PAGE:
• The recipe should work fine doubled, you will need to monitor the cook time depending on the size / type of dish you use. If you use one large dish, it’s not going to be the same as baking two of the original size. (It’ll take longer due to the amount of surface area exposed to the heat)

  7. Argh! Any way this will still turn out okay without the flour, or what to use to substitute with? I love scalloped potatoes, but I hate canned soups. White sauces also usually have flour in them.

  8. I made a slight variation and it came out great. Fried up the onions in butter, added milk and diced ham. Seasoned with salt, pepper and paprika. Added 2 tablespoons cornstarch into 1/4 cup cold water and stired it in. As soon as it started to thicken I added the potatoes previously cooked in the microwave. Great, simple, quick meal.

  9. I have made these for 30 yrs but mine is a little different and takes abt 75 mins ,, I do not peel my taters I slice them thin early and soak in cold water .. I use a cast iron skillet put down a layer of taters salt – pepper to taste – sprinkle ( I use a non gmo flour ) with flour pats of real raw butter ( non Salted ) parsley then the next layer ( you can put cheese in the layers ) then I pour milk over the top make sure it is abt covered in milk ( again I use raw milk with the cream in it ) bake 350 covered checking it for fluid last 10 mins remove cover brown it a bit and bam mine makes a custard almost in between the layers

    • Why are you posting your recipe on here. What you posted is not a comment on this recipe. You posted an entirely different recipe.

      • Bst, why are you bothering to complain about another person’s four old post. Must gave little else to do and be bored, or you’re just trolling.

    • It was also in a BH&G spiral bound cookbook I received in 1967. I gave the cookbook to my daughter after she was married and she can’t find the cookbook now ! I’ve looked for this recipe forever ! I throw the in left over ham pieces and add some velveeta cheese and my meal is done!

  10. This is nearly word for word the recipe my mom taught me to make when I was a teen. I’m in my 50’s now, so that’s been awhile! Everyone in our extended family loves them and requests them. People all seem confused at first because they expect cheese. Over the years Potatoes Au Gratin have become confused with scalloped potatoes. And so many rely on box mixes or using soup bases when this is SO much easier and TASTIER!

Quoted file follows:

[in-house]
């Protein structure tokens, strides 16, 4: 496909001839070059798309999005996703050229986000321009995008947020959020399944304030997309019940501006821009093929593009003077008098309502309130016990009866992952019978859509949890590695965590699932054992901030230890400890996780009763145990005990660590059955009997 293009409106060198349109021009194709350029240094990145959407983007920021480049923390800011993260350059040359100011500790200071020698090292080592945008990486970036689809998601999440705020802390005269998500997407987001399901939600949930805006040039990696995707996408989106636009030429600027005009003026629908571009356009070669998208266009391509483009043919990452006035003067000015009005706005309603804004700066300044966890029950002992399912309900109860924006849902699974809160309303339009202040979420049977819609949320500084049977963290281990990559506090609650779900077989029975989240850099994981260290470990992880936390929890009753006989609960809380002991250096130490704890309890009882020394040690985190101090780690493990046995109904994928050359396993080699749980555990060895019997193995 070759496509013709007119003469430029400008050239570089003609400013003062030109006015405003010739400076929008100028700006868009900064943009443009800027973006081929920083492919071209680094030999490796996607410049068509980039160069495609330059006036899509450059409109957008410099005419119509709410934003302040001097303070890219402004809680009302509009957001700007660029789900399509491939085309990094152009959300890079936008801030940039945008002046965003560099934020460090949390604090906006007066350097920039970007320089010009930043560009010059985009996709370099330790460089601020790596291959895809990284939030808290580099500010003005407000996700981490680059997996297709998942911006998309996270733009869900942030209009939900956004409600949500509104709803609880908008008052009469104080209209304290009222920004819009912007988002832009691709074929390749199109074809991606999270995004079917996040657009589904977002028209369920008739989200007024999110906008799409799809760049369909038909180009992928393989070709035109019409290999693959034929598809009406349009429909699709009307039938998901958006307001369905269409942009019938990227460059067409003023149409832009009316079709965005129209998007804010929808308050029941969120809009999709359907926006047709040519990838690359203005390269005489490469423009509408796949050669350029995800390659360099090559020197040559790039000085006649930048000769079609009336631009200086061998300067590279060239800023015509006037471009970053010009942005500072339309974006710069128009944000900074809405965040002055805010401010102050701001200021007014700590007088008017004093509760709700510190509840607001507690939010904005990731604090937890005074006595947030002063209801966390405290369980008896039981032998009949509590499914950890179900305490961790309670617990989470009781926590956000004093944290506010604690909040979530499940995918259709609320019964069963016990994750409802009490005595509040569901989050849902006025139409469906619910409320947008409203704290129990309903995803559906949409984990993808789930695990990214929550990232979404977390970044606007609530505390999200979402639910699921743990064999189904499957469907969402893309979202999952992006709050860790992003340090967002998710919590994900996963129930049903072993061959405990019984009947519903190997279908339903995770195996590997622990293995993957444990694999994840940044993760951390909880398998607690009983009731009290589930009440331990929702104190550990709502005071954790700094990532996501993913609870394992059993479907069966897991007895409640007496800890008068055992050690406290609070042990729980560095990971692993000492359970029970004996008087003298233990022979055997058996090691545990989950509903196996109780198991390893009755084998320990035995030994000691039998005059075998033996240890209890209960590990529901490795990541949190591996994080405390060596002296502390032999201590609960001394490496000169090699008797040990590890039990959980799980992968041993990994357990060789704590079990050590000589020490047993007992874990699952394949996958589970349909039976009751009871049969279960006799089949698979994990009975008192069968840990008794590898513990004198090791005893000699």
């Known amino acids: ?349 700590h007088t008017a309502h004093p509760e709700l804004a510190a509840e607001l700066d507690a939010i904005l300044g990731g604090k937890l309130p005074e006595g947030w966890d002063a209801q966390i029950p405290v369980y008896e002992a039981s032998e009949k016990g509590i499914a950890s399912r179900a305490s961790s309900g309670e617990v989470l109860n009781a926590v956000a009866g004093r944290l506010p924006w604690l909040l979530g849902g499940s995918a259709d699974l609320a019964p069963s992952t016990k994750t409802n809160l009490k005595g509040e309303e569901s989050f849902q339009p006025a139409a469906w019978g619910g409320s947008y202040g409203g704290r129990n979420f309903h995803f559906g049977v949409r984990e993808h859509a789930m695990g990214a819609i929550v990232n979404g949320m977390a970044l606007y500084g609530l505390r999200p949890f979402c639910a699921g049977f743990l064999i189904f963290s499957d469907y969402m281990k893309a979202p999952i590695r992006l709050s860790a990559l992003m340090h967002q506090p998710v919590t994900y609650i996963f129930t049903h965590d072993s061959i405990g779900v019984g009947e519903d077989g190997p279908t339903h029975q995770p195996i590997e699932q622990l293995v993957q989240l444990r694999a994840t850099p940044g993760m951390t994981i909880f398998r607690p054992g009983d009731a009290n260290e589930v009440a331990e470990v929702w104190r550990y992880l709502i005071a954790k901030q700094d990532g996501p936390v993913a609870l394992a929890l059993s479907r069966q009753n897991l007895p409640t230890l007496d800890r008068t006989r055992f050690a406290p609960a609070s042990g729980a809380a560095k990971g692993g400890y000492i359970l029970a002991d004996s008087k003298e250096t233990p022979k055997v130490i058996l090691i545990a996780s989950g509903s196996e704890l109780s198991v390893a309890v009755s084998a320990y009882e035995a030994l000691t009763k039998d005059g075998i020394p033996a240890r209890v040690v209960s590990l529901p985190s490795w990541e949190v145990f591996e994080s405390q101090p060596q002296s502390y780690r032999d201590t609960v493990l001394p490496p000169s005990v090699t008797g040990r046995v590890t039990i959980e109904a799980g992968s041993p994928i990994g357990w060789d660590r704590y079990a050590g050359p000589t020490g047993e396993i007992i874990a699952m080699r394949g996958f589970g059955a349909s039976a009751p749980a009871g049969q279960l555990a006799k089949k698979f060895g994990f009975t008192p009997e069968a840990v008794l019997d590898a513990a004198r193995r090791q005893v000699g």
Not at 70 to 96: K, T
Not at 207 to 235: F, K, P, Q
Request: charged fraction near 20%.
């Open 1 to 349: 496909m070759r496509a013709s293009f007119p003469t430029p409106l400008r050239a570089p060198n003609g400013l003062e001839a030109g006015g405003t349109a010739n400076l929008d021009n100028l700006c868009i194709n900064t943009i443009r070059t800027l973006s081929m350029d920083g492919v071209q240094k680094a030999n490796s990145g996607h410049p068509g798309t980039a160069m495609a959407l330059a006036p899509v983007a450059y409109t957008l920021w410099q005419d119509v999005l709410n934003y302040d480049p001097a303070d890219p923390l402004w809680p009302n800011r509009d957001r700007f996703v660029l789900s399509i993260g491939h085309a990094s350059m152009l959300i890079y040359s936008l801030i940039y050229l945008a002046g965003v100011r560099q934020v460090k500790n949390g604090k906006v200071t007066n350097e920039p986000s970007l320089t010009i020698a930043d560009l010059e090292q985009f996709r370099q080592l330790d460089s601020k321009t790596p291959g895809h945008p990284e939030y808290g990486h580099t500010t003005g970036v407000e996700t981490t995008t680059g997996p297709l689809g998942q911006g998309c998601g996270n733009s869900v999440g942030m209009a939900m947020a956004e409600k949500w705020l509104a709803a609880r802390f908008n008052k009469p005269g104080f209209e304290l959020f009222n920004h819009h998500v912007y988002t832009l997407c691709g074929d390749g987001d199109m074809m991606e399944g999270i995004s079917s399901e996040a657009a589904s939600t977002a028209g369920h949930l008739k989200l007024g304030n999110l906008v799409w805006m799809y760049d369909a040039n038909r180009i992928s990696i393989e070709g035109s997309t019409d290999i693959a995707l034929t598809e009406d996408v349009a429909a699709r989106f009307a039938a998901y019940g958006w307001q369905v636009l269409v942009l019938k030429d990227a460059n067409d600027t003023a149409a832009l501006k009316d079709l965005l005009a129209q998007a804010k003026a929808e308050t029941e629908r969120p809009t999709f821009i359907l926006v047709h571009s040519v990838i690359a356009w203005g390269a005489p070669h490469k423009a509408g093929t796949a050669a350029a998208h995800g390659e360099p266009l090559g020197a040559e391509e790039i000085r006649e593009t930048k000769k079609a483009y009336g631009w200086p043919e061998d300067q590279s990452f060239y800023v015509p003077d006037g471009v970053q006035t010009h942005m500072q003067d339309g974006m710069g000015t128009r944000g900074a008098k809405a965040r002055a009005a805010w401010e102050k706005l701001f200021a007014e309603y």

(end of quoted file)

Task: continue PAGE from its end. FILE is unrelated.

I have made 2 small alterations that I sometimes use – I use 1 part rich chicken stock (not broth) to 2 parts milk, and I sprinkle paprika over the top before baking for added color and flavor. The stock adds an incredible richness. But don’t try it with thin canned broth or worse yet, bullion.

    Love what you do here! You remind me of… well… me. 😉

  11. Is the butter absolutely necessary? I was going to sprinkle some cheese in and I don’t want it to be oily. Thanks!

    • No cheese! Trust me.
      The butter doesn’t make USC oily or greasy. It blends into a creamy *light* sauce. This recipe is the real thing.

      I found it in a 1922 cookbook. It’s magic.
      One Easter I made it to go with the ham — and I t made an old vet, an Air Force colonel, roll his eyes back in his head with ecstasy and fake not tearing up — as he’d not tasted “exactly the real thing” since his mom passed in the 60’s.
      It’s magic. I would never expect the deliciousness to come from such simplify and no fuss.

  12. Finally I have been looking for this recipe forever. Used to make it every Christmas to go with our ham. After many moves I lost it used box mix last year never again. Also I never add cheese scalloped potatoes do not have cheese ever. Thank you

  13. Really delicious original made from scratch scallop potatoes recipe. If it’s original you want this won’t disappoint.

    But it never ceases to amaze me on recipe sites how no matter what the recipe is for people still have to change it and repost as tho the recipe is about their way of making scalloped potatoes and not the author’s.